If you haven’t encountered the term “Shi’a corridor” yet, chances are that you will soon, particularly if the ongoing confrontation between the U.S. and Iran in Syria intensifies. What was initially a sideshow to the main battle against Islamic State in Syria is fast becoming the main focus of attention.
What does Iran hope to achieve here? To start with, it’s important to note that the international legitimacy the mullahs have enjoyed since the Iran nuclear deal of 2015 is starting to fragment. The U.S. Senate this month voted to slap new sanctions on Iran for its violations outside the terms of the nuclear deal, such as its use of ballistic missiles and its support for terrorist groups like Hezbollah in Lebanon. Such political moves invariably have a significant economic impact, which is why Western banks continue to advise caution towards companies tempted to invest in Iran.
None of this fretting is of much consequence to the overtly revolutionary wings of the Iranian regime, most obviously the Islamic Revolutionary Guard Corps (IRGC), which is built to retain its enormous power with or without sanctions in place. But the eclipse of the Obama administration’s engagement strategy with Iran highlights once again that it is institutions like the IRGC, much more than one or another foreign minister sounding reasonable and eloquent, that define the nature of power and influence in the Islamic Republic.
This is where the “Shi’a corridor” comes in. Iran’s goal to become the dominant power in the Islamic world involves more than religious or ideological influence. It requires the boots of Iran and its proxies on the ground—as demonstrated already in Lebanon, Syria, Iraq and Yemen. It requires that Iran has easy, uninterrupted access to all those parts of the region where it exercises political control.
On one level, the idea of a Shi’a corridor seems a little fantastical. Almost 2,000 miles separate Tehran from the Mediterranean coast to its far west. The road between the two points is distinguished by rough terrain and the presence of numerous militias along the route, many of them belonging to Sunni Islamist factions hostile to Iran. In addition to heavy defenses on the ground, the corridor would need effective aerial warning systems, given Israel’s demonstrated willingness to bomb weapons shipments between Iran and its allies in Syria and Lebanon. Can a country with an ailing economy like Iran’s, that is now facing an increasingly hostile administration in Washington, really carve out such a corridor unopposed?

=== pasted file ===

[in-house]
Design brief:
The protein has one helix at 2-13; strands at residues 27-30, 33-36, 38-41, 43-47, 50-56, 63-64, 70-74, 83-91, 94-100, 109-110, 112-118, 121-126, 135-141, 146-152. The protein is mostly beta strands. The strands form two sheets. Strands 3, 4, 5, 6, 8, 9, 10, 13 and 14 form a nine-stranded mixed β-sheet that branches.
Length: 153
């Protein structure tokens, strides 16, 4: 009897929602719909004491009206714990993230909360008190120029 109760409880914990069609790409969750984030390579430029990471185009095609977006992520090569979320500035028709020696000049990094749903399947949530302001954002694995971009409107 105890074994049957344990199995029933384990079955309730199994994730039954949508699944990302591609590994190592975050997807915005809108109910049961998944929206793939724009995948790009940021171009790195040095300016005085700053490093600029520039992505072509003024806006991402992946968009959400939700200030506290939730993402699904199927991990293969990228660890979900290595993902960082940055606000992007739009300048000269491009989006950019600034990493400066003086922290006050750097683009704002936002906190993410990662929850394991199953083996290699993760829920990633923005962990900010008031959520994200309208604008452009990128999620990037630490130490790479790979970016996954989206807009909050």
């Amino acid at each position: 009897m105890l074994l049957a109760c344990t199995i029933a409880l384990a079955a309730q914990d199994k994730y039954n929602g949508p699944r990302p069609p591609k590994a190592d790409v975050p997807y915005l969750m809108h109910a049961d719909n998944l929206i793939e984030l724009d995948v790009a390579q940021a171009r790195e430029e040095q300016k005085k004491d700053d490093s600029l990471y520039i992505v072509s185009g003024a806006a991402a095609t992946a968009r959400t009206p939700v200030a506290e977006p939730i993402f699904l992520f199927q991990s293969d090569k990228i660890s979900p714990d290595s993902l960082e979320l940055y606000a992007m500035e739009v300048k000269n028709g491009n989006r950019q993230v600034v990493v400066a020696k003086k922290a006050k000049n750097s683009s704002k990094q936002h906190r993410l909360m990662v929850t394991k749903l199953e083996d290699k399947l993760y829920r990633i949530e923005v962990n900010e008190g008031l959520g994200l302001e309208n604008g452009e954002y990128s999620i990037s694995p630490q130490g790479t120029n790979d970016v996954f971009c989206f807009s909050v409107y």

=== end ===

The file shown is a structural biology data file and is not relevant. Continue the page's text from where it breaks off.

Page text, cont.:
The point, for now at least, is Iran is doing precisely that—assisted by the lack of a defined U.S. policy towards not just the Iranian nuclear program, but its entire regional role; the absence of any appetite among the Europeans for a confrontation with Tehran; and the unprecedented support coming from Iran’s traditional foe, Russia, thanks to President Vladimir Putin’s benevolence.
In other words, Iran will face obstacles to its contiguous territorial path only if its adversaries—not just America, but also Egypt, Israel and Saudi Arabia, among others—are willing to place them there.
Does the advance of the corridor so far warrant such concern? At the end of May, a few correspondents in the region, among them the Israeli journalist Seth Franztman and the American reporter Dexter Filkins, reported that Iranian-backed militias had seized a cluster of villages along the Syrian-Iraqi border, thereby securing an encumbered road link between the IRGC in Tehran and its client in Damascus.
“The development is potentially momentous,” Filkins wrote in the New Yorker, “because, for the first time, it would bind together, by a single land route, a string of Iranian allies, including Hezbollah, in Lebanon; the Assad regime, in Syria; and the Iranian-dominated government in Iraq. Those allies form what is often referred to as the Shiite Crescent, an Iranian sphere of influence in an area otherwise dominated by Sunni Muslims.”
While those same Sunni Muslims are divided between those who see the Muslim Brotherhood or Iran as their main enemy, and those who accord that distinction to Israel and the U.S., Iran is presenting a unified Shi’a revolutionary stance towards the outside world. Iran has allies all the way from Lebanon to Bahrain, and Iran is their unmistakable leader. When looked at on the map, this status conveys the possibility of an Iranian empire that Tehran’s actions in the field seek only to reinforce.
The consequences for Israel of a Shi’a corridor are, needless to say, acute. Since the war in Lebanon in the mid-1980s, Israel has been acutely aware of Iran’s ability to wage direct war on its territory, through the missile barrages of its Hezbollah proxy in Lebanon. The existence of a land corridor will transform Iran’s capacity in this regard, perhaps to the point where a land-based war launched against Israel from Syria and Lebanon could be as perilous as a nuclear attack.
For some time now, it has been an established fact that Hezbollah has increased its number of missiles pointed at Israel by a factor of 10, with newer and deadlier models now in operation—despite the existence of U.N. Security Council Resolution 1701, passed in 2006, which demands that Hezbollah disarm entirely. A land corridor would make any attempt to enforce this resolution a much harder task.
As always, Israel is prepared for the worst. But how it responds will depend, more than anything else, on how the Trump administration copes with the reality that America is once again locked in combat with its adversaries.